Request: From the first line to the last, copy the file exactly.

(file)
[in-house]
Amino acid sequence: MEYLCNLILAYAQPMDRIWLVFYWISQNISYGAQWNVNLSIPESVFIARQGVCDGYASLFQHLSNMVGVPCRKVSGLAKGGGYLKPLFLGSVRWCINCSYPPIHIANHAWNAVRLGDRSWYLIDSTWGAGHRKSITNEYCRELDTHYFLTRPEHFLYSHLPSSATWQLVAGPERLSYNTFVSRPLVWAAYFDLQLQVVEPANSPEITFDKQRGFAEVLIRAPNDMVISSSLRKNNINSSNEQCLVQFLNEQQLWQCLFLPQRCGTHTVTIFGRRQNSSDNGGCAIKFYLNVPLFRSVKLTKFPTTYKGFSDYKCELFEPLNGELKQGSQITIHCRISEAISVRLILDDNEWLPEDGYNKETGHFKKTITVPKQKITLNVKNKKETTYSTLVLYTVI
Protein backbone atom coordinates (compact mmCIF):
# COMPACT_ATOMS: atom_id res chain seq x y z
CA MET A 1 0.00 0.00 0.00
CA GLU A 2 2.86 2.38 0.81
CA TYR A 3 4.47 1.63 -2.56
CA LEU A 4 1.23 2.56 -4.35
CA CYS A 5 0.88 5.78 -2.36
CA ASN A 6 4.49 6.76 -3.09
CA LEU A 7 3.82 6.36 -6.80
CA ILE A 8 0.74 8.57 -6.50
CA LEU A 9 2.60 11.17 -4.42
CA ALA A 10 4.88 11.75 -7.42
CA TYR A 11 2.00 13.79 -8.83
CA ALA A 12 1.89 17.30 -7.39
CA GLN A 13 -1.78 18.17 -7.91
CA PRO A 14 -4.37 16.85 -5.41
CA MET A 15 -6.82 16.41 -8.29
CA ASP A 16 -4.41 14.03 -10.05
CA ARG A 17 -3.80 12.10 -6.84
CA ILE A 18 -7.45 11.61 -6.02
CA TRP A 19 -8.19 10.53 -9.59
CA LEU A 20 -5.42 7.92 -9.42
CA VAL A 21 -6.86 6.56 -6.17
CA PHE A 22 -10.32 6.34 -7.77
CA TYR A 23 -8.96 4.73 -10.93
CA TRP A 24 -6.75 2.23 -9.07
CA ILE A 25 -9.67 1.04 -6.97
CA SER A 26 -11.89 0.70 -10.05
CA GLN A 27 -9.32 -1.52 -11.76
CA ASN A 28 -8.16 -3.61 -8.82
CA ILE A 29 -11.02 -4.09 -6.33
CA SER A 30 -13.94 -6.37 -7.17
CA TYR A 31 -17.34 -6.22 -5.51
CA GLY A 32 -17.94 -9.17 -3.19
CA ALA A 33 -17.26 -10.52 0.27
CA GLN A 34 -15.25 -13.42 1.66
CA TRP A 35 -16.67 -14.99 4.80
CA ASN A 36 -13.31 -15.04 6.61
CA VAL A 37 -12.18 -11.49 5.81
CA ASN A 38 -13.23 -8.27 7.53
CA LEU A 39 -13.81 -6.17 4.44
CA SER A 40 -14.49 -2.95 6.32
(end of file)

[in-house]
Amino acid sequence: MEYLCNLILAYAQPMDRIWLVFYWISQNISYGAQWNVNLSIPESVFIARQGVCDGYASLFQHLSNMVGVPCRKVSGLAKGGGYLKPLFLGSVRWCINCSYPPIHIANHAWNAVRLGDRSWYLIDSTWGAGHRKSITNEYCRELDTHYFLTRPEHFLYSHLPSSATWQLVAGPERLSYNTFVSRPLVWAAYFDLQLQVVEPANSPEITFDKQRGFAEVLIRAPNDMVISSSLRKNNINSSNEQCLVQFLNEQQLWQCLFLPQRCGTHTVTIFGRRQNSSDNGGCAIKFYLNVPLFRSVKLTKFPTTYKGFSDYKCELFEPLNGELKQGSQITIHCRISEAISVRLILDDNEWLPEDGYNKETGHFKKTITVPKQKITLNVKNKKETTYSTLVLYTVI
Protein backbone atom coordinates (compact mmCIF):
# COMPACT_ATOMS: atom_id res chain seq x y z
CA MET A 1 0.00 0.00 0.00
CA GLU A 2 2.86 2.38 0.81
CA TYR A 3 4.47 1.63 -2.56
CA LEU A 4 1.23 2.56 -4.35
CA CYS A 5 0.88 5.78 -2.36
CA ASN A 6 4.49 6.76 -3.09
CA LEU A 7 3.82 6.36 -6.80
CA ILE A 8 0.74 8.57 -6.50
CA LEU A 9 2.60 11.17 -4.42
CA ALA A 10 4.88 11.75 -7.42
CA TYR A 11 2.00 13.79 -8.83
CA ALA A 12 1.89 17.30 -7.39
CA GLN A 13 -1.78 18.17 -7.91
CA PRO A 14 -4.37 16.85 -5.41
CA MET A 15 -6.82 16.41 -8.29
CA ASP A 16 -4.41 14.03 -10.05
CA ARG A 17 -3.80 12.10 -6.84
CA ILE A 18 -7.45 11.61 -6.02
CA TRP A 19 -8.19 10.53 -9.59
CA LEU A 20 -5.42 7.92 -9.42
CA VAL A 21 -6.86 6.56 -6.17
CA PHE A 22 -10.32 6.34 -7.77
CA TYR A 23 -8.96 4.73 -10.93
CA TRP A 24 -6.75 2.23 -9.07
CA ILE A 25 -9.67 1.04 -6.97
CA SER A 26 -11.89 0.70 -10.05
CA GLN A 27 -9.32 -1.52 -11.76
CA ASN A 28 -8.16 -3.61 -8.82
CA ILE A 29 -11.02 -4.09 -6.33
CA SER A 30 -13.94 -6.37 -7.17
CA TYR A 31 -17.34 -6.22 -5.51
CA GLY A 32 -17.94 -9.17 -3.19
CA ALA A 33 -17.26 -10.52 0.27
CA GLN A 34 -15.25 -13.42 1.66
CA TRP A 35 -16.67 -14.99 4.80
CA ASN A 36 -13.31 -15.04 6.61
CA VAL A 37 -12.18 -11.49 5.81
CA ASN A 38 -13.23 -8.27 7.53
CA LEU A 39 -13.81 -6.17 4.44
CA SER A 40 -14.49 -2.95 6.32